This shows a woman sleeping.
Nearly a third of the older subjects exhibited dream enactment behaviors reminiscent of REM sleep behavior disorder, including chewing and limb extension. Credit: Neuroscience News

Novel Treatment for Violent Dreaming in REM Sleep Behavior Disorder

Summary: A new potential treatment for rapid eye movement (REM) sleep behavior disorder has been identified.

The study established a new model detailing the disorder’s progression due to neurodegeneration linked with tau protein accumulation. Researchers found dual orexin receptor antagonists, used commonly for insomnia, significantly reduced symptoms of this disorder.

The discovery introduces a new treatment option that could potentially have fewer side effects.

Key Facts:

  1. Mount Sinai researchers discovered a new potential treatment for REM sleep behavior disorder, which impacts over 3 million Americans and involves acting out dreams during sleep.
  2. The study presented a new model showing how the disorder develops due to neurodegeneration related to an accumulation of tau protein.
  3. Sleep medications known as dual orexin receptor antagonists, usually used for insomnia, were found to significantly reduce the disorder, opening up a promising new treatment option.

Source: Mount Sinai Hospital

Mount Sinai researchers have published what they say is the first study to identify a new form of treatment for rapid eye movement (REM) sleep behavior disorder.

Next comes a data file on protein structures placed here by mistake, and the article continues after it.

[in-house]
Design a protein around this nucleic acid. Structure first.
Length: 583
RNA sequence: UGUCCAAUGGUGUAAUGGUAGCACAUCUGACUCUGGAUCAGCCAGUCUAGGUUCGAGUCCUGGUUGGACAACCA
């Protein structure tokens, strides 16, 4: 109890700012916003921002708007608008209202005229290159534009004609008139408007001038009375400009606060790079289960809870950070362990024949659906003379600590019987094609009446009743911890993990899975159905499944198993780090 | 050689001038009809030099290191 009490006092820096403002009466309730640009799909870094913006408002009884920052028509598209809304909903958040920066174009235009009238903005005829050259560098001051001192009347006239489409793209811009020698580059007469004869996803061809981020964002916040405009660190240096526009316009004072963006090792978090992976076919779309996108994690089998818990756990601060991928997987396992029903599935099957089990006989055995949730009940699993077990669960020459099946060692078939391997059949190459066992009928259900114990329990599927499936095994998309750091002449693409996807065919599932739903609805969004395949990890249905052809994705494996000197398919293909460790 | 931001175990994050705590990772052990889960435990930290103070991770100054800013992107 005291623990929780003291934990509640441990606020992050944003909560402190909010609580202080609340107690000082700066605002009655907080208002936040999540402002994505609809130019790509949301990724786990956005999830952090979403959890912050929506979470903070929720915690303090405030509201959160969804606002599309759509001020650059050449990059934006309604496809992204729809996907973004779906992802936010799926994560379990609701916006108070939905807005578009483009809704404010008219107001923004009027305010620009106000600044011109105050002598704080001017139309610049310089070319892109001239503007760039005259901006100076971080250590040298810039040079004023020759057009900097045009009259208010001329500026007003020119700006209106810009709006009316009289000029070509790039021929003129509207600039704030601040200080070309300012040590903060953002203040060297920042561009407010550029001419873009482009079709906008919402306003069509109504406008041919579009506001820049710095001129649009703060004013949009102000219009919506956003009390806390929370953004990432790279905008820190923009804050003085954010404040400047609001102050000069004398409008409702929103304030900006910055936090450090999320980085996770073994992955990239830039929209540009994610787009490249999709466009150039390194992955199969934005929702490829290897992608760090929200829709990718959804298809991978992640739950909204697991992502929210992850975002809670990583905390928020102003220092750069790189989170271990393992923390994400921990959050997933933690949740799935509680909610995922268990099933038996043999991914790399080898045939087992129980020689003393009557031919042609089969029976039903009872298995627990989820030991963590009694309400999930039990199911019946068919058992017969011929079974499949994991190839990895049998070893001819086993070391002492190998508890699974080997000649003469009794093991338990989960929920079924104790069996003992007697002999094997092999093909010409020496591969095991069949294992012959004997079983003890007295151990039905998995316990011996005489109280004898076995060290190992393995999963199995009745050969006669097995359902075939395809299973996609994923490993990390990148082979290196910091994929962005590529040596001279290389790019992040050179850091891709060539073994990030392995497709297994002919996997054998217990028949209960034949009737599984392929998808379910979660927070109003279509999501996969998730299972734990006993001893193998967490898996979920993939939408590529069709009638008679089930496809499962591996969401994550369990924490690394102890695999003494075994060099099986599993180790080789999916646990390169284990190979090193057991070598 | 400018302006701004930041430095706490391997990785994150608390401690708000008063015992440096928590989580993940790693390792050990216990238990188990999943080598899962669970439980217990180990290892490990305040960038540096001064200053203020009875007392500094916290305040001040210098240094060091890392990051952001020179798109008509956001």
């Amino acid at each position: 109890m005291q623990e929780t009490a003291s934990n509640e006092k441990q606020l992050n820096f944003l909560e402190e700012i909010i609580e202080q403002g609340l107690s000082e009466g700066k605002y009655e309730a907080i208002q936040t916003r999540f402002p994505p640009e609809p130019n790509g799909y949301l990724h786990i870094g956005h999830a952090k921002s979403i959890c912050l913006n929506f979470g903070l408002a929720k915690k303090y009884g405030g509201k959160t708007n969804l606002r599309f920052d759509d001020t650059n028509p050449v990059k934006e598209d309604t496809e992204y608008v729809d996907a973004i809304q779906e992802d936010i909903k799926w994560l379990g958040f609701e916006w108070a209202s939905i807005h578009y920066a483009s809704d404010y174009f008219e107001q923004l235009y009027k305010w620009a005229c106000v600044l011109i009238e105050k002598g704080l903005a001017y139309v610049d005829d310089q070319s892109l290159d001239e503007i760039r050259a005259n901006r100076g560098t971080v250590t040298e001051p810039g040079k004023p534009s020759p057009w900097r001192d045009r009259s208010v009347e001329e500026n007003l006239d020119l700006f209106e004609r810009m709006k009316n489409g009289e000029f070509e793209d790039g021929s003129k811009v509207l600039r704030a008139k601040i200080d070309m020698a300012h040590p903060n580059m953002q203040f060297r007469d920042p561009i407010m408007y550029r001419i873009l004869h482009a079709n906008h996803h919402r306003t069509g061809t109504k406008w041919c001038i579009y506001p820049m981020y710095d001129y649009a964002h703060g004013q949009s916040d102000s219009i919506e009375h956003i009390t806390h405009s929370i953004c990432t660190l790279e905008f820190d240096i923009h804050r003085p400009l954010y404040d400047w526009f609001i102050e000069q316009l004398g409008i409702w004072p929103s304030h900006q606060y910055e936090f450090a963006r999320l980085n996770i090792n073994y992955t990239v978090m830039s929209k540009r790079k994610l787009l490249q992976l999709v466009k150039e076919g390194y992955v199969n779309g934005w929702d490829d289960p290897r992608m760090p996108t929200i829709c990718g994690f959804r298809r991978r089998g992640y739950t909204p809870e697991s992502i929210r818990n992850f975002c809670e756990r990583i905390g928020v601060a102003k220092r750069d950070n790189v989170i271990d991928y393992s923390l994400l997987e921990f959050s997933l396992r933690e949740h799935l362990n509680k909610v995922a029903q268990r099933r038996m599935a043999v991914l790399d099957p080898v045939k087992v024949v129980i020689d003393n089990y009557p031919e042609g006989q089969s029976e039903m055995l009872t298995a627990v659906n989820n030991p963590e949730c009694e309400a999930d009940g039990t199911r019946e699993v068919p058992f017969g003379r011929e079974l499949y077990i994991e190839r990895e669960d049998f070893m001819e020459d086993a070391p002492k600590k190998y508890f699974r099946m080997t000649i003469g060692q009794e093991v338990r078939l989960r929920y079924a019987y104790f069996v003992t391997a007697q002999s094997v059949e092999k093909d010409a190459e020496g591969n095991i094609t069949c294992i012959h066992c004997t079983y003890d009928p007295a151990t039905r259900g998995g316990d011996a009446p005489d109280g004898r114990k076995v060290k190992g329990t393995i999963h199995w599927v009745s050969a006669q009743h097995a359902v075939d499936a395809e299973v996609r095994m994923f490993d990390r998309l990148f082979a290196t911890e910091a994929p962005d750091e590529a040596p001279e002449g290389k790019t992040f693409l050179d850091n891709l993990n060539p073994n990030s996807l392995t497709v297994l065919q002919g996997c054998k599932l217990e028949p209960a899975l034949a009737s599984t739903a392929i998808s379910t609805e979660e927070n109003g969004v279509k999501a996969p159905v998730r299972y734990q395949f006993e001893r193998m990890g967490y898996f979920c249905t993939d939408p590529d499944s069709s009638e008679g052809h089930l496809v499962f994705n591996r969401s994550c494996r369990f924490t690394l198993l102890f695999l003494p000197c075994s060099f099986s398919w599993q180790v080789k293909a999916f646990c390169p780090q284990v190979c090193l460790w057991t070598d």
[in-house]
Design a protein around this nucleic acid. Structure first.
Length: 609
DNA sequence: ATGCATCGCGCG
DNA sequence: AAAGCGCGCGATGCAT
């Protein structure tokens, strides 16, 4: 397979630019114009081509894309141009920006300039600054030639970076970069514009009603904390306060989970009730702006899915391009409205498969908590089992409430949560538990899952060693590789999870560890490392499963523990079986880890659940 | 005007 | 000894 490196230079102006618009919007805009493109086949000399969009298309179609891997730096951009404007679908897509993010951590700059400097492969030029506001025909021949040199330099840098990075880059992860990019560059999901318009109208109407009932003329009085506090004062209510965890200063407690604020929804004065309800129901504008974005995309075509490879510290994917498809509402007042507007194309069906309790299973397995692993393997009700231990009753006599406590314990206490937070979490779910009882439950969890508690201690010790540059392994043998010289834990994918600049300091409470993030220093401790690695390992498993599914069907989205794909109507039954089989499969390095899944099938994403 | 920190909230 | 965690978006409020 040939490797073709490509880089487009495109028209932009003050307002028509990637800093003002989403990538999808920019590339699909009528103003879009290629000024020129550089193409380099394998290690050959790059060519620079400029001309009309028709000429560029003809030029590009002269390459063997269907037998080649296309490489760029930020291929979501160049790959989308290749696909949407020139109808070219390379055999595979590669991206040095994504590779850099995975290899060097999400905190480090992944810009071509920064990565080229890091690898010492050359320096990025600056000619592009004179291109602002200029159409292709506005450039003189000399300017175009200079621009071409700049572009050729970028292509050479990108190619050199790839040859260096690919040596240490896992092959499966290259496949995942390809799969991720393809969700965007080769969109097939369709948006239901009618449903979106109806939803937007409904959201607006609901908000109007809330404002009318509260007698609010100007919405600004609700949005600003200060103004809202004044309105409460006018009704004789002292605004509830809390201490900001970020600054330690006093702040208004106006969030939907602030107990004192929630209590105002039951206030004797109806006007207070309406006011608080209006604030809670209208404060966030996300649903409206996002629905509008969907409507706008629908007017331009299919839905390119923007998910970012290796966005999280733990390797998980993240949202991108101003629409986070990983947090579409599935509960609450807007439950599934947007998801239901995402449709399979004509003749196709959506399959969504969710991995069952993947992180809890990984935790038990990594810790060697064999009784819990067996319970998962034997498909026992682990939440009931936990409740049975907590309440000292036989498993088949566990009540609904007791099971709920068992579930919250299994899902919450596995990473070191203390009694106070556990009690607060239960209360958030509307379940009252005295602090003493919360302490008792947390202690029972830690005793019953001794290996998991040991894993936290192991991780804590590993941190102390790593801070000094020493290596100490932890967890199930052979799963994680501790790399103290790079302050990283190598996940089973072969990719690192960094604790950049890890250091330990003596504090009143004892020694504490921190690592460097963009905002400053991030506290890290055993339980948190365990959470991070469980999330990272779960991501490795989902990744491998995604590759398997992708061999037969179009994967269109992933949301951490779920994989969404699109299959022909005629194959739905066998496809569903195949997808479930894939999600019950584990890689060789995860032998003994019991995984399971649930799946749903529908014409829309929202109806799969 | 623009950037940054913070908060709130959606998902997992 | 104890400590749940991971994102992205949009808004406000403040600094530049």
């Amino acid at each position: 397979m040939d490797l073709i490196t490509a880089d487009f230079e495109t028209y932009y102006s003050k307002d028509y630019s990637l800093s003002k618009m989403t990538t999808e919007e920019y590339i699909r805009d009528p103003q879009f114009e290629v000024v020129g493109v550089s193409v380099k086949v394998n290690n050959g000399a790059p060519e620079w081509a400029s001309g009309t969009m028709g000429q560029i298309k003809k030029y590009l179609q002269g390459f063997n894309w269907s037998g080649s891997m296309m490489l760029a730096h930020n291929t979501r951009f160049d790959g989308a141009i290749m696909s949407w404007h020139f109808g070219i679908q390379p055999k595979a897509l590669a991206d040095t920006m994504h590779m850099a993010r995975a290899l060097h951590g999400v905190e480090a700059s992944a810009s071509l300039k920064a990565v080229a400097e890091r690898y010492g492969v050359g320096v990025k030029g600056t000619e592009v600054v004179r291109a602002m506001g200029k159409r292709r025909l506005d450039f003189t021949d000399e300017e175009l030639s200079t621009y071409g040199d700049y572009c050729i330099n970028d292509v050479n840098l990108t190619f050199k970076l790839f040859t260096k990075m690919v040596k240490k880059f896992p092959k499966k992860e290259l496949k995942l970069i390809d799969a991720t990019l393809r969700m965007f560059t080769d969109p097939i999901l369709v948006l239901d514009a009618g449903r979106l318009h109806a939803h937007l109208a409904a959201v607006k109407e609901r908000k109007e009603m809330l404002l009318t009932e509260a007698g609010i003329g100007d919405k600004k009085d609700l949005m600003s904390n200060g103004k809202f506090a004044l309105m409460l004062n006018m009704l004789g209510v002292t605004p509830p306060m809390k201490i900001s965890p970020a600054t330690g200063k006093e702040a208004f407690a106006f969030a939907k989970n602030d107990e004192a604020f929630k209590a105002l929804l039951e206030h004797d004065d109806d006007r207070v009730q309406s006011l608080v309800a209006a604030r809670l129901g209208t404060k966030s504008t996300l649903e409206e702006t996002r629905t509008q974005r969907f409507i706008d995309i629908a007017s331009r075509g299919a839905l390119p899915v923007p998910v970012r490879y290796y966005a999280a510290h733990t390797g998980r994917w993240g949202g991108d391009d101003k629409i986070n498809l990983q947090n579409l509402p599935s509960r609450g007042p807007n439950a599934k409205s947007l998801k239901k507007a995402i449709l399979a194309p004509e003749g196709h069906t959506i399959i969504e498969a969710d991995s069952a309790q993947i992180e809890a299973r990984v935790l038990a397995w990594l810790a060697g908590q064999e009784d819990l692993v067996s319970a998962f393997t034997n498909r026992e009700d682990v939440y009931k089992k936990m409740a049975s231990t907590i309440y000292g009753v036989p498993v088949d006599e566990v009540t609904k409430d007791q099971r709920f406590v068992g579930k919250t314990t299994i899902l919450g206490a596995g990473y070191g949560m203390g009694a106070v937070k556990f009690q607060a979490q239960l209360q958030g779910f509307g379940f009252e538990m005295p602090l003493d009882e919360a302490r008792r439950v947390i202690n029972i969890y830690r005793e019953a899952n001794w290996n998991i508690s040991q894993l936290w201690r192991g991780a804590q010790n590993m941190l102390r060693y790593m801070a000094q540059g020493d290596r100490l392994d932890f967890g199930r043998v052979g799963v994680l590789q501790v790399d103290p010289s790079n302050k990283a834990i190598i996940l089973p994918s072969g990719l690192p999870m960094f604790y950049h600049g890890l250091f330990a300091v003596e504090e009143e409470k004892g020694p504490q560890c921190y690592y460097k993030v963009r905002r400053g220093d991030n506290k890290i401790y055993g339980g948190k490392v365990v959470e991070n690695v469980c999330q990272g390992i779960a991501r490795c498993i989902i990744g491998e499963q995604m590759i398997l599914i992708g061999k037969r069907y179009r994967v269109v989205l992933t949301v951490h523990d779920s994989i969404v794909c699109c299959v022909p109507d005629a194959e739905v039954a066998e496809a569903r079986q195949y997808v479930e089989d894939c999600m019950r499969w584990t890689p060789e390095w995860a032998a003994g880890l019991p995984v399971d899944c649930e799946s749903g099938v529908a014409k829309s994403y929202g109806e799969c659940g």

This condition affects more than 3 million Americans, mostly adults over the age of 50, who often unknowingly physically act out their dreams with vocal sounds or sudden, violent arm and leg movements during slumber, leading to significant injury to themselves or bed partners.

The new study, published in the Journal of Neuroscience, outlines a novel model to better characterize how REM sleep behavior disorder develops due to neurodegeneration—when brain cells lose function over time—which is associated with the accumulation of tau protein.

This model provides an early-life biomarker of impending deterioration of the brain, which could guide future prevention and treatment.

The paper also demonstrates for the first time that sleep medications known as dual orexin receptor antagonists—commonly used to treat insomnia, or difficulty falling and remaining asleep—can significantly reduce REM sleep behavior disorder.

Current therapeutic options for this disorder are primarily limited to melatonin and clonazepam, also known as Klonopin, so these findings suggest a promising new treatment with potentially fewer side effects.

“We were interested in understanding all of the ways in which sleep quality breaks down as neurodegeneration progresses and whether there were any ways to mitigate such changes,” said corresponding author Andrew W. Varga, MD, Ph.D., Associate Professor of Medicine (Pulmonary, Critical Care and Sleep Medicine) at the Icahn School of Medicine at Mount Sinai.

“We identify a novel model in which REM sleep behavior disorder can develop, due to neurodegeneration associated with accumulation of tau protein, and a novel therapy that could minimize REM sleep behavior disorder.”

Mount Sinai researchers used a mouse model to study neurodegenerative disorders by examining the brain following abnormal deposits of tau, a protein that normally helps stabilize the internal skeleton of nerve cells in the brain.

They analyzed behavioral states including wakefulness, phases of REM (sleep with dreams), phases of non-REM (sleep without dreams), length of sleep, transitions from waking to sleep, and how some factors are related to age.